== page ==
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So I'm implementing the repository pattern in an application and came across two "issues" in my understanding of the pattern:

  1. Querying - I've read responses that IQueryable should not be used when using repositories. However, it's obvious that you'd want to so that you are not returning a complete List of objects each time you call a method. Should it be implemented? If I have an IEnumerable method called List, what's the general "best practice" for an IQueryable? What parameters should/shouldn't it have?

  2. Scalar values - What's the best way (using the Repository pattern) to return a single, scalar value without having to return the entire record? From a performance standpoint, wouldn't it be more efficient to return just a single scalar value over an entire row?

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3 Answers 3

up vote 28 down vote accepted

Strictly speaking, a Repository offers collection semantics for getting/putting domain objects. It provides an abstraction around your materialization implementation (ORM, hand-rolled, mock) so that consumers of the domain objects are decoupled from those details. In practice, a Repository usually abstracts access to entities, i.e., domain objects with identity, and usually a persistent life-cycle (in the DDD flavor, a Repository provides access to Aggregate Roots).

A minimal interface for a repository is as follows:

void Add(T entity);
void Remove(T entity);
T GetById(object id);
IEnumerable<T> Find(Specification spec);

Although you'll see naming differences and the addition of Save/SaveOrUpdate semantics, the above is the 'pure' idea. You get the ICollection Add/Remove members plus some finders. If you don't use IQueryable, you'll also see finder methods on the repository like:

FindCustomersHavingOrders();
FindCustomersHavingPremiumStatus();

There are two related problems with using IQueryable in this context. The first is the potential to leak implementation details to the client in the form of the domain object's relationships, i.e., violations of the Law of Demeter. The second is that the repository acquires finding responsibilities that might not belong to the domain object repository proper, e.g., finding projections that are less about the requested domain object than the related data.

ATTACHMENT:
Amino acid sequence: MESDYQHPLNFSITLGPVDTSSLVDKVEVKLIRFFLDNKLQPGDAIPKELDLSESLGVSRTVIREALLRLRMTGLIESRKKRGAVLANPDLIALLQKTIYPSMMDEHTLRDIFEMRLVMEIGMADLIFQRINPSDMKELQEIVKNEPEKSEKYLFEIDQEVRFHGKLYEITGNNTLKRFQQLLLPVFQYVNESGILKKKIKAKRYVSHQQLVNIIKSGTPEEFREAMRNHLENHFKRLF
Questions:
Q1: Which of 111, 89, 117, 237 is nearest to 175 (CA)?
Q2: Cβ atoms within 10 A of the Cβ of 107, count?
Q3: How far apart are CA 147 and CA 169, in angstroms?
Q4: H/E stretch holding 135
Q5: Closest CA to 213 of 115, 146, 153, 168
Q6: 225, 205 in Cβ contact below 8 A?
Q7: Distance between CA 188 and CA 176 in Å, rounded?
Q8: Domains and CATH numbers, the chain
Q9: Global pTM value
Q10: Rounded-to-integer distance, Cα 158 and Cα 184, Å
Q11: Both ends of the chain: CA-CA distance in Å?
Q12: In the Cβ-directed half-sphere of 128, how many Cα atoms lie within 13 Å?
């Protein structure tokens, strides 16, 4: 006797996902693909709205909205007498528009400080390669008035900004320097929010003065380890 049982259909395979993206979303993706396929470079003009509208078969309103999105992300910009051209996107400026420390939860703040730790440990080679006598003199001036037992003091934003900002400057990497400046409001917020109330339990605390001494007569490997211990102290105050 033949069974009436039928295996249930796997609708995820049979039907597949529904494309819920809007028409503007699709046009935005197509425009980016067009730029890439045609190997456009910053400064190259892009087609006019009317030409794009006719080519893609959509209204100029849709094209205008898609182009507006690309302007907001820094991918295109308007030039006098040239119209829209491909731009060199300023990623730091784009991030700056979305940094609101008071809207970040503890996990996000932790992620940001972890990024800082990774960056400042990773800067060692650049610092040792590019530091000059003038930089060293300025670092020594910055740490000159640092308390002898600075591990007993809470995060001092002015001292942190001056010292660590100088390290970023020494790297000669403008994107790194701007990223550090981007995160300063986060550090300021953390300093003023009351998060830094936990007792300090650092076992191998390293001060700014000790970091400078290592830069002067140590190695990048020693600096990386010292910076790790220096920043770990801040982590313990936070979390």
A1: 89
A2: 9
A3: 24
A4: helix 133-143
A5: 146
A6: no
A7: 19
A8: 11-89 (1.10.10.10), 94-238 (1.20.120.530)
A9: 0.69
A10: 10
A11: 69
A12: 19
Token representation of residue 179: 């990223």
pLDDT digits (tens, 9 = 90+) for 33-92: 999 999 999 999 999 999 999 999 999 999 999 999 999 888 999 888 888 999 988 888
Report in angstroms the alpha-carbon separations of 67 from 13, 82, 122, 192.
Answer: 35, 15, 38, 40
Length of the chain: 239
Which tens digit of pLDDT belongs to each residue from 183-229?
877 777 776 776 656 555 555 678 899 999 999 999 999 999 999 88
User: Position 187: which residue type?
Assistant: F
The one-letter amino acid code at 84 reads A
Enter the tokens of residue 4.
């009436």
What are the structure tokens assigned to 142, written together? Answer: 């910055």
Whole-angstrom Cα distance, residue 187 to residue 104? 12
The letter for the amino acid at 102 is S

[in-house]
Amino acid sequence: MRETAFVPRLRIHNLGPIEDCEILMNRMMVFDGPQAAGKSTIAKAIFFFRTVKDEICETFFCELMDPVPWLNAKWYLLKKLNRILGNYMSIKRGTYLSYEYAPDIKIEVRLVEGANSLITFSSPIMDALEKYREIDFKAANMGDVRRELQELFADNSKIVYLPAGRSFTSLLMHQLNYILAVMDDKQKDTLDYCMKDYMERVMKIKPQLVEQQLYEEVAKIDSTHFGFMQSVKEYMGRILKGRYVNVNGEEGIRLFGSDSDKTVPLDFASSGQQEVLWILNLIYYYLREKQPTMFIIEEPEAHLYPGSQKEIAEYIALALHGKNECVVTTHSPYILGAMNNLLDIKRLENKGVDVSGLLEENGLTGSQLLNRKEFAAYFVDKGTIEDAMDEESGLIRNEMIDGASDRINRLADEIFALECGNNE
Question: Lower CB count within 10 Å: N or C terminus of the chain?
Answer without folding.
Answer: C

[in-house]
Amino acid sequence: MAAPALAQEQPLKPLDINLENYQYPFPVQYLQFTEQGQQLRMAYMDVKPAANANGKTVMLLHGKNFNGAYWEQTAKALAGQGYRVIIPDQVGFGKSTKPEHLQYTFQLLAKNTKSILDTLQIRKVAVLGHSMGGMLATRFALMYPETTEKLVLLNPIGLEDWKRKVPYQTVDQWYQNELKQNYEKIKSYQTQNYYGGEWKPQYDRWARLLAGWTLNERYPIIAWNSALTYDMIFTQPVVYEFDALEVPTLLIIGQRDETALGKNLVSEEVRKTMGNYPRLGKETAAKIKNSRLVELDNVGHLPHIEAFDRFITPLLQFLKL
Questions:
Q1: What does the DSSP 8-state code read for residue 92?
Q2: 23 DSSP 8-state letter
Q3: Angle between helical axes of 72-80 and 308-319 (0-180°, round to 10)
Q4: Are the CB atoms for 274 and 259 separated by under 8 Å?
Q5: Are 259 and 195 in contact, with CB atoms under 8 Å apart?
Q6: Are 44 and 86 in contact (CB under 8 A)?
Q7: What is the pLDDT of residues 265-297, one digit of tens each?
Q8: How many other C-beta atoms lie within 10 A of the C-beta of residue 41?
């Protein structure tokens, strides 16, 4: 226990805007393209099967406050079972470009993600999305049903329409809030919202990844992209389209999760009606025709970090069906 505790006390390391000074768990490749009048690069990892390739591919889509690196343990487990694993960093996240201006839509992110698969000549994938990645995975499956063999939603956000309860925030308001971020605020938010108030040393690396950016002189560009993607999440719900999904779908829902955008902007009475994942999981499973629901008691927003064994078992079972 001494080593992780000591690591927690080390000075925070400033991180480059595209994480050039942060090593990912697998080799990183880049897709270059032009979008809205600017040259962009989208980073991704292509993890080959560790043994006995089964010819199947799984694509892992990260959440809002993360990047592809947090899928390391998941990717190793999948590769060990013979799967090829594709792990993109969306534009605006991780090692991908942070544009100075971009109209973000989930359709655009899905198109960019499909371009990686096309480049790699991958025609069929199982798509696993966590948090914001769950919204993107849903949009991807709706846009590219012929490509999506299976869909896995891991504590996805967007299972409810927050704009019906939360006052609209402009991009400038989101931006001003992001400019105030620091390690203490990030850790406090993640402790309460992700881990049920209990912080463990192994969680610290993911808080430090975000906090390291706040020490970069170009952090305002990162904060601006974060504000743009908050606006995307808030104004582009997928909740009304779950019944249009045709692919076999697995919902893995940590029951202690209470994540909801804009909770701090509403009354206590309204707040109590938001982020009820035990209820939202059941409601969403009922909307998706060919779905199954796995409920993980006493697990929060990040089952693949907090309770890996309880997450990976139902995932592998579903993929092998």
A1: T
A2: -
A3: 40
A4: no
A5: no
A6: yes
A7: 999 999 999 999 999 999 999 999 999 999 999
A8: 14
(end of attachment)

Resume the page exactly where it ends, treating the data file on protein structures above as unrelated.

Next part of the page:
Additionally, using IQueryable 'breaks' the pattern: A Repository with IQueryable may or may not provide access to 'domain objects'. IQueryable gives the client a lot of options about what will be materialized when the query is finally executed. This is the main thrust of the debate about using IQueryable.

Regarding scalar values, you shouldn't be using a repository to return scalar values. If you need a scalar, you would typically get this from the entity itself. If this sounds inefficient, it is, but you might not notice, depending on your load characteristics/requirements. In cases where you need alternate views of a domain object, because of performance reasons or because you need to merge data from many domain objects, you have two options.

1) Use the entity's repository to find the specified entities and project/map to a flattened view.

2) Create a finder interface dedicated to returning a new domain type that encapsulates the flattened view you need. This wouldn't be a Repository because there would be no Collection semantics, but it might use existing repositories under the covers.